Although some borrowers may not realize it, student loan debt is a personal financial liability that needs to be viewed like any other financial obligation -- and with the same sense of urgency as other payments.
The reality is that missing student loan payments can hold you back financially just like missing credit card or car payments will. A student loan is considered delinquent the first day after you miss a payment; if the delinquency lasts more than 90 days, your loan servicer, which handles the billing and other services for your loan, will report it to the three major national credit bureaus, which will lower your credit score.
Here's what borrowers should keep in mind about delinquent student loans and their consequences.
Student Loan Delinquency Rate
Student loans currently have the highest 90-plus day delinquency rate of any household debt in the U.S., far higher than car loans and mortgages. In the first quarter of 2019 student loan debt reached $1.49 trillion, according to the Federal Reserve Bank of New York, up $29 billion from the fourth quarter of 2018.
Notably, 10.9% of total student debt in the first quarter of this year was 90-plus days delinquent or in default. Apply some simple math and you can quickly see that there are hundreds of billions of dollars in seriously delinquent or defaulted student loans out there. These debts are dragging down the credit scores of people all over the country and having a negative impact on the creditworthiness of many borrowers.
Student Loan Delinquency vs. Default
Borrowers should be sure to understand the difference between student loan delinquency and default. The first day after a missed payment, a federal student loan is considered delinquent, and within weeks of missing a payment, your loan servicer can start assessing you late fees. These late fees are typically around 5% of the payment, depending on your servicer.
The student loan remains delinquent until you repay all past due payments. The loan is typically considered to be in default if you don't make payments for at least 270 days, or about nine months, at which time the account is usually sent to collections.
Once your federal student loan goes into default, there are many consequences, including that your employer may withhold a portion of your salary and send it to the loan holder.
Student Loan Delinquency on a Credit Report
Allowing student loans to go delinquent can often have a compounding negative effect on credit scores and reports due to the fact that each loan is reported individually.
For example, it's common for someone who attended college for four years to have multiple separate loans on their credit report, rather than showing one large loan total. This can cause multiple negative events on the credit report for each month that a payment is missed.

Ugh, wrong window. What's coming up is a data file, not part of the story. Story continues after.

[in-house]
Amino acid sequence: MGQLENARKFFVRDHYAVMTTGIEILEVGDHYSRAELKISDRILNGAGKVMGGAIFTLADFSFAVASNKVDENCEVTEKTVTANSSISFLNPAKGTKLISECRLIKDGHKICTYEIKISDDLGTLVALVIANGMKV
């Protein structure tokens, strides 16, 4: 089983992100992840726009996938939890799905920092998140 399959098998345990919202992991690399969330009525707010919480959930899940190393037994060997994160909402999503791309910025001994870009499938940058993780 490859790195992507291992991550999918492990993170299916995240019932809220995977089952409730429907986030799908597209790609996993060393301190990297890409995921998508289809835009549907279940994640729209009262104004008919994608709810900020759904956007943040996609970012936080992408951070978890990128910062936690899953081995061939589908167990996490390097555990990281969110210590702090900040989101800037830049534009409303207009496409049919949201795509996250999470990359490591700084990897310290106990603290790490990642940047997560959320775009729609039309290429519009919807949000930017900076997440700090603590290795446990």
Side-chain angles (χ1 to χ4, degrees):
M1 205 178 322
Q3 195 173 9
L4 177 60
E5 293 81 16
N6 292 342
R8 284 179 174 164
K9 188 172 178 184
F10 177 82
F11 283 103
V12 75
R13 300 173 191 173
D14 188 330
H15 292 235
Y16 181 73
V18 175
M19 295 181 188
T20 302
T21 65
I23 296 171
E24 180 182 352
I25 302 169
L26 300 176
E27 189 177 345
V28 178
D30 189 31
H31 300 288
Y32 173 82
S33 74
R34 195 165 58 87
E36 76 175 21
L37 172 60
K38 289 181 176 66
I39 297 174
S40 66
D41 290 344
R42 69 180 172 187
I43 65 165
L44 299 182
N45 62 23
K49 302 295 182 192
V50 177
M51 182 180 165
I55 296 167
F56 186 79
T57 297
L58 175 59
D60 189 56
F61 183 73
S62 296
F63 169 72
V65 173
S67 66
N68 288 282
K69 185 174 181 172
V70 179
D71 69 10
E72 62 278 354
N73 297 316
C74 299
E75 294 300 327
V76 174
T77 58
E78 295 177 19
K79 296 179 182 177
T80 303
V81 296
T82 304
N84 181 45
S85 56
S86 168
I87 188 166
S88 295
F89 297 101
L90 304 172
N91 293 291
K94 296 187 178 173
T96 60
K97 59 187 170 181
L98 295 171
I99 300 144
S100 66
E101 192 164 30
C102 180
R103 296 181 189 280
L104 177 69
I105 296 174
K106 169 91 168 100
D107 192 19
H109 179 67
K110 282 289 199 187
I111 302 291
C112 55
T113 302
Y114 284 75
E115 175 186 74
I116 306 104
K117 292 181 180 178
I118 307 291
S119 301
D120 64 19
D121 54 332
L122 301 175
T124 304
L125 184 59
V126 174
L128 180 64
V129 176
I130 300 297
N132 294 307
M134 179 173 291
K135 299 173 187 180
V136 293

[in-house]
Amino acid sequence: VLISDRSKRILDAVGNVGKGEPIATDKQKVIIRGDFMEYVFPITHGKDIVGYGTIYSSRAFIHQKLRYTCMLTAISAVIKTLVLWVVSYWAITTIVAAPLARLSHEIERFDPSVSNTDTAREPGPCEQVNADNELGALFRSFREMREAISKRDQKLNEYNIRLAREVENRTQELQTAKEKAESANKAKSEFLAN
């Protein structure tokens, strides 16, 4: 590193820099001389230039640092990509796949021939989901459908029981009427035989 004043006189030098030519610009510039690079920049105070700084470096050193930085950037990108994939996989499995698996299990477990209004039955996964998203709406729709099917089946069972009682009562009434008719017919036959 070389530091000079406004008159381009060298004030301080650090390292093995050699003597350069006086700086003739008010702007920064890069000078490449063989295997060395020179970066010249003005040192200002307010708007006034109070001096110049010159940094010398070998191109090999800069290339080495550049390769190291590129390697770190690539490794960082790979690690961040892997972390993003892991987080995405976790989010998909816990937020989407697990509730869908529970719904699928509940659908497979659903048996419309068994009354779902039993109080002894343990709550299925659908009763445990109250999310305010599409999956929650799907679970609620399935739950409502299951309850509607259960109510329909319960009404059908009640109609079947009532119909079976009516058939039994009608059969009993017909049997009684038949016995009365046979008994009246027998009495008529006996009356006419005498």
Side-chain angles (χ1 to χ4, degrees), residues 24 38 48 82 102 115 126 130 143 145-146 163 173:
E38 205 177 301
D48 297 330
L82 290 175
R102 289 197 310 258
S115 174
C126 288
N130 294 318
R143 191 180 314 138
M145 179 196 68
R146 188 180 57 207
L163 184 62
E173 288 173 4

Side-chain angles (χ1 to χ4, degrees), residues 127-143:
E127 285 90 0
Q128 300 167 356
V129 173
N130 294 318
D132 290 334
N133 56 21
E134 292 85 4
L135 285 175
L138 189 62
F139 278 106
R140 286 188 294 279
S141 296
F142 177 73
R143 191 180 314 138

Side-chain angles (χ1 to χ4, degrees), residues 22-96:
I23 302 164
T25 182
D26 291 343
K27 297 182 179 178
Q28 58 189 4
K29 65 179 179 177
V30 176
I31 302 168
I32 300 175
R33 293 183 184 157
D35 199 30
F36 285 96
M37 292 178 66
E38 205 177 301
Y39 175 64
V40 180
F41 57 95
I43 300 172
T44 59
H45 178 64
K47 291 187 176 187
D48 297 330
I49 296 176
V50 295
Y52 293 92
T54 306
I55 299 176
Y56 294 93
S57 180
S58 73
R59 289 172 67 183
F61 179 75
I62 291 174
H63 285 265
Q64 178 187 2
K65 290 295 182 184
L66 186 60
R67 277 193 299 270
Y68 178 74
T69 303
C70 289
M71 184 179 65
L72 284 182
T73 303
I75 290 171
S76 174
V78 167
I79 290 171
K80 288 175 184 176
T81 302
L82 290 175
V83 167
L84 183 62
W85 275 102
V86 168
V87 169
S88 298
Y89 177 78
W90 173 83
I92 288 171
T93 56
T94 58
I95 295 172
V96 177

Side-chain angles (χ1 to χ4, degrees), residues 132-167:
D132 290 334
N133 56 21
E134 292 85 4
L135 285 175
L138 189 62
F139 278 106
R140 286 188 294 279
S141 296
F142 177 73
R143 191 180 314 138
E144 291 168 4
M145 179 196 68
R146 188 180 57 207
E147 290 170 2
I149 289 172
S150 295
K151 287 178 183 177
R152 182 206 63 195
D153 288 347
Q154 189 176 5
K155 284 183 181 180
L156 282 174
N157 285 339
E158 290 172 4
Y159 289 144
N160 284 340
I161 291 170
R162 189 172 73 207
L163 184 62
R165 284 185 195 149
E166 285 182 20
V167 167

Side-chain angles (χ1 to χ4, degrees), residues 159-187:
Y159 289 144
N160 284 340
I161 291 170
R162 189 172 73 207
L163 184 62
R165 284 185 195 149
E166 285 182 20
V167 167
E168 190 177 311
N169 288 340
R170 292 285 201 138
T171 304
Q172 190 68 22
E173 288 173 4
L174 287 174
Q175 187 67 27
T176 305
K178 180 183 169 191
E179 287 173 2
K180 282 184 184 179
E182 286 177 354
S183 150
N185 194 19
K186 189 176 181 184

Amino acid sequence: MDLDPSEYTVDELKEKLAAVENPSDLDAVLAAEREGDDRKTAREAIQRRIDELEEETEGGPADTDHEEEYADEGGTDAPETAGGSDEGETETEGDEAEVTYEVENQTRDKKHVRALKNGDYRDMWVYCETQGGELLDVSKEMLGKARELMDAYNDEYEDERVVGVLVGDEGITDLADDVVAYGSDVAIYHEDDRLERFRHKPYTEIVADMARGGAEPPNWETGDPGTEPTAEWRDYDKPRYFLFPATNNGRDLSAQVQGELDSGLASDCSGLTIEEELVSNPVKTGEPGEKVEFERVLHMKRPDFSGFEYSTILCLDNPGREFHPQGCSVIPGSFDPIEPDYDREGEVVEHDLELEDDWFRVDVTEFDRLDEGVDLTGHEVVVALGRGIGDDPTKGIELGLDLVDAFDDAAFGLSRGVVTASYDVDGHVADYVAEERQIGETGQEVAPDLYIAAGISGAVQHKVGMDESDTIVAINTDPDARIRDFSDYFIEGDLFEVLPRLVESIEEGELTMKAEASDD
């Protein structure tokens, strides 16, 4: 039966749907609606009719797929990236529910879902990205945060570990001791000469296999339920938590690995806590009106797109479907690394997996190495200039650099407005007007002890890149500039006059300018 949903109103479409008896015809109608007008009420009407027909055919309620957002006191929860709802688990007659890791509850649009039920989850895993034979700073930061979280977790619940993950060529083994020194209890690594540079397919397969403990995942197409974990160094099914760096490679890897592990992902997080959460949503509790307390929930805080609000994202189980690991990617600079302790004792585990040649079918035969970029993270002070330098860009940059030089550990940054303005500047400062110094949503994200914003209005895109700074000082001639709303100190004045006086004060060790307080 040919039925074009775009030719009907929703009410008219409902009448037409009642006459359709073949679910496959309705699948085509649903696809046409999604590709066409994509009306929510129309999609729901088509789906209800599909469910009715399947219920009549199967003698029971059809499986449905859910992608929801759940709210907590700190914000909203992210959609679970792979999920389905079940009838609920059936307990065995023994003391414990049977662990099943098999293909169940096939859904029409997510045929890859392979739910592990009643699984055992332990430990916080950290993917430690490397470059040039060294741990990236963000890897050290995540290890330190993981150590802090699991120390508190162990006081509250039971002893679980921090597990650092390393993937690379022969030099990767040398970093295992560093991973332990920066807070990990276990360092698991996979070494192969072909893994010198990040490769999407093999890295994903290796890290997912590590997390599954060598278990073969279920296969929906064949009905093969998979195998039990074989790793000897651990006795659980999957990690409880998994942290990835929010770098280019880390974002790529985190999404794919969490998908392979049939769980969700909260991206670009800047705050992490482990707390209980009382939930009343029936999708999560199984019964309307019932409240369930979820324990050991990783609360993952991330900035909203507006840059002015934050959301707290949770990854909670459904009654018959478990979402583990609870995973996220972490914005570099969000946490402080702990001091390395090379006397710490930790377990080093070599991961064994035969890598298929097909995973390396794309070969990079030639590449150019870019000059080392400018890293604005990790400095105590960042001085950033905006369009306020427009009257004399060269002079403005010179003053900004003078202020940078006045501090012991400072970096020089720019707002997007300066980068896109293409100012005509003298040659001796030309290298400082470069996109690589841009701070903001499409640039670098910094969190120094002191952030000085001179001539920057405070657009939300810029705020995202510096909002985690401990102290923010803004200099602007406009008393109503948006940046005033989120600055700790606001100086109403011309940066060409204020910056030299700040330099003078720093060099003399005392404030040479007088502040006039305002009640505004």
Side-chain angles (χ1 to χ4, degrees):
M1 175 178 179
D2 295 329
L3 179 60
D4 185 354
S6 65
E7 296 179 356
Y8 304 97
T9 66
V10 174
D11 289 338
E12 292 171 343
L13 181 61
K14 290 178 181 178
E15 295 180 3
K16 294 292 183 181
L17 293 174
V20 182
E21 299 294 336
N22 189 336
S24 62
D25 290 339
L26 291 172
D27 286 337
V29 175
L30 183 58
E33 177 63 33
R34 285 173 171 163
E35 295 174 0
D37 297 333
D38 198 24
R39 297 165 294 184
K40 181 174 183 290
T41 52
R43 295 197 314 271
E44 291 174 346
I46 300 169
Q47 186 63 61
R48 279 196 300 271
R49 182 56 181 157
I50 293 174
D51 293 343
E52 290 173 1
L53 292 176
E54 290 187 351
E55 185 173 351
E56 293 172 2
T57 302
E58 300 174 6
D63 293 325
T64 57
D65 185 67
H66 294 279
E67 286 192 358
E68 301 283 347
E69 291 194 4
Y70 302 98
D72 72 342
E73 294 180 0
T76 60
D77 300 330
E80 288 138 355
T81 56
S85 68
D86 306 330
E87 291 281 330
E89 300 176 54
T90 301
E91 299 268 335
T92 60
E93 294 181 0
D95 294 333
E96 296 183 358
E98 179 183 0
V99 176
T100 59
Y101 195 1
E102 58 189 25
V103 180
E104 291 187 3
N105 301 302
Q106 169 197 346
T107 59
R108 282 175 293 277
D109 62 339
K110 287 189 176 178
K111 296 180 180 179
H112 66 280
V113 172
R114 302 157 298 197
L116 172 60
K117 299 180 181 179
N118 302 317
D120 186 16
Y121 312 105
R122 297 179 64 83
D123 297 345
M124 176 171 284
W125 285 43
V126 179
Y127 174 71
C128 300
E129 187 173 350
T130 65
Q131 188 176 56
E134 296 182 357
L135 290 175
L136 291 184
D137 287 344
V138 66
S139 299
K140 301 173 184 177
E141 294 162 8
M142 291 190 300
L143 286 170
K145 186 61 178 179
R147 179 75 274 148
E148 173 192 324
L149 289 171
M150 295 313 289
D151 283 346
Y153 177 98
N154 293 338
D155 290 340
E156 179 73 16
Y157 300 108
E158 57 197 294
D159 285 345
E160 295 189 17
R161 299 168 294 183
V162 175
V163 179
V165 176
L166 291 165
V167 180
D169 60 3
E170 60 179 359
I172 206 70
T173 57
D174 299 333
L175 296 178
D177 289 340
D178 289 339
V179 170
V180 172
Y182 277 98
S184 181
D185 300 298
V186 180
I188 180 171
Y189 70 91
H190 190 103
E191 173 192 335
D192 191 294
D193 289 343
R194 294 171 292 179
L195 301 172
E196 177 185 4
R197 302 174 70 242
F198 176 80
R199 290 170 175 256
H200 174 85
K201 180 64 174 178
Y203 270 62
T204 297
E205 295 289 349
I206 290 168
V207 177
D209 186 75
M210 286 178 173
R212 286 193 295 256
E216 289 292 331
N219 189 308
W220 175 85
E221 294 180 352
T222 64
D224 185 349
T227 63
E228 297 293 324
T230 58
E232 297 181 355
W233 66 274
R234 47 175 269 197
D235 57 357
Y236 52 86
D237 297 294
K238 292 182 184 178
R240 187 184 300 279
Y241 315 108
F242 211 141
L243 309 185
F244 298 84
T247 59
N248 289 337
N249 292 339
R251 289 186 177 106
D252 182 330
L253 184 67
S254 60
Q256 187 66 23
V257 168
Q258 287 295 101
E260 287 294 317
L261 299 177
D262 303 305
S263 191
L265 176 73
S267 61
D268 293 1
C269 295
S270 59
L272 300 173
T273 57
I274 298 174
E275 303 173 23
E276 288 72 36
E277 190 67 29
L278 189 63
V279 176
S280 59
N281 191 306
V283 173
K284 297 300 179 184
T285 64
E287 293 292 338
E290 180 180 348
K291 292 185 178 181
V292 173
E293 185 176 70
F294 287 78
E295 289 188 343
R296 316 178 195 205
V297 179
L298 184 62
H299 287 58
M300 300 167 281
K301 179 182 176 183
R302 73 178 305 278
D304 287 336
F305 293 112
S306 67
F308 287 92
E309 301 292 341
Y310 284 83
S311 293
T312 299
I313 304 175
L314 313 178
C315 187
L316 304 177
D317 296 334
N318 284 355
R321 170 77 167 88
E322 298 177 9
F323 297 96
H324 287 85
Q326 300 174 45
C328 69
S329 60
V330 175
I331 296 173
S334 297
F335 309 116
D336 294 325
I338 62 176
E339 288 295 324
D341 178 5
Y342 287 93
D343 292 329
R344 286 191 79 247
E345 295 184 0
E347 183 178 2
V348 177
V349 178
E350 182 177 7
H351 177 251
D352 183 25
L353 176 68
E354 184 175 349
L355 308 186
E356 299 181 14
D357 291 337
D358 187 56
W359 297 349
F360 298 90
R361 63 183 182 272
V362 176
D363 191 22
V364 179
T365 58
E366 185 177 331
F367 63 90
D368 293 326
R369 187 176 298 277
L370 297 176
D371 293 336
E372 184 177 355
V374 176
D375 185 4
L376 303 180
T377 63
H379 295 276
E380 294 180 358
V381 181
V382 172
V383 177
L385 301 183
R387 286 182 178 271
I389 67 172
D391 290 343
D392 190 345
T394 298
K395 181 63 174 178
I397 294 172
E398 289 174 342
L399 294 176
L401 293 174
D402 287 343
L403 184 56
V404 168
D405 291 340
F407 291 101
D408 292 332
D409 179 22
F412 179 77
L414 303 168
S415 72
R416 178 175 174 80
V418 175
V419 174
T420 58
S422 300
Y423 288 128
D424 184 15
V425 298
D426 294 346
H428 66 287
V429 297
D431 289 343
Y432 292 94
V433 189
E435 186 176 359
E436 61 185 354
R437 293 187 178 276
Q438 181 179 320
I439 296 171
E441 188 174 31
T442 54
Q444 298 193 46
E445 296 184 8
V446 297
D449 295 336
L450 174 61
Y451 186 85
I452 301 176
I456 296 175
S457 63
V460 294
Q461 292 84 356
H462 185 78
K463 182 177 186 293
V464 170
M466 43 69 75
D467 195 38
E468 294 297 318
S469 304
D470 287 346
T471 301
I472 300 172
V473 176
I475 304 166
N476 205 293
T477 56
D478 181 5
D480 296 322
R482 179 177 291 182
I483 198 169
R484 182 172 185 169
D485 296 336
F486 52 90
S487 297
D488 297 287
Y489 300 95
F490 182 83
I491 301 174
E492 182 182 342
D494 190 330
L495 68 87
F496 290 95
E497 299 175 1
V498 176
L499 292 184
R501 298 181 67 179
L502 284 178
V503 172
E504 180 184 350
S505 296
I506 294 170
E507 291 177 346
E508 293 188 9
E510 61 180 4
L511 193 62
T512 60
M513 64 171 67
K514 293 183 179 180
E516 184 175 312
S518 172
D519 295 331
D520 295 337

Even if loans are consolidated, they are likely still reported to the bureaus individually on a disbursement by disbursement basis. The good news is that this also allows for a fairly quick boost to scores when a consolidated student loan is brought current and paid on time each month.
When and How Will My Credit Score Be Affected?
A delinquent student loan is typically reported to the credit bureaus after 90 days of missed payments. If a loan continues to be delinquent and goes into default, the default will be reported to the bureaus.
As a result, a borrower's credit score will be lowered, though the amount can vary. This is because a credit score calculation is based on a wide range of factors like number of accounts, credit utilization, inquiries and types of accounts, in addition to payment history.
Falling behind on a student loan may lower one person's score by just a few points, while another borrower may see dozens of points drop off their score for the same number of missed payments.
My Student Loans Are Delinquent -- Now What?
Once payments are missed and a student loan is delinquent, all hope is not lost and there are steps you can take to get out of delinquency.
This would be a good time to reach out to your loan servicer about the possibility of adjusting your repayment plan, or even requesting forbearance or deferment, options that allow you to temporarily stop making payments or reduce the amount you pay. Availability of these options will depend on your individual circumstance.
Once federal student loans have gone into default status, there are still options to recover, namely, loan rehabilitation and loan consolidation.
Under rehabilitation, to get out of default, the borrower agrees to a reasonable payment amount with the loan holder and makes nine payments over 10 consecutive months.
Consolidation is different, and allows a borrower to pay off one or more federal student loans with a new consolidation loan. To qualify, a borrower must either agree to repay the new direct consolidation loan under an income-driven repayment plan, or make three consecutive monthly payments on the defaulted loan before it is consolidated.
For the damage that may have already been done from past missed payments, take simple steps to balance your credit report with positive on-time payments. For example, try taking advantage of a secured credit card by charging only minimal amounts on it and then immediately paying the balance off.
Recovering fully from delinquency or default won't happen overnight, but diligence with future payments and attention to all available options can eventually get you back on track.
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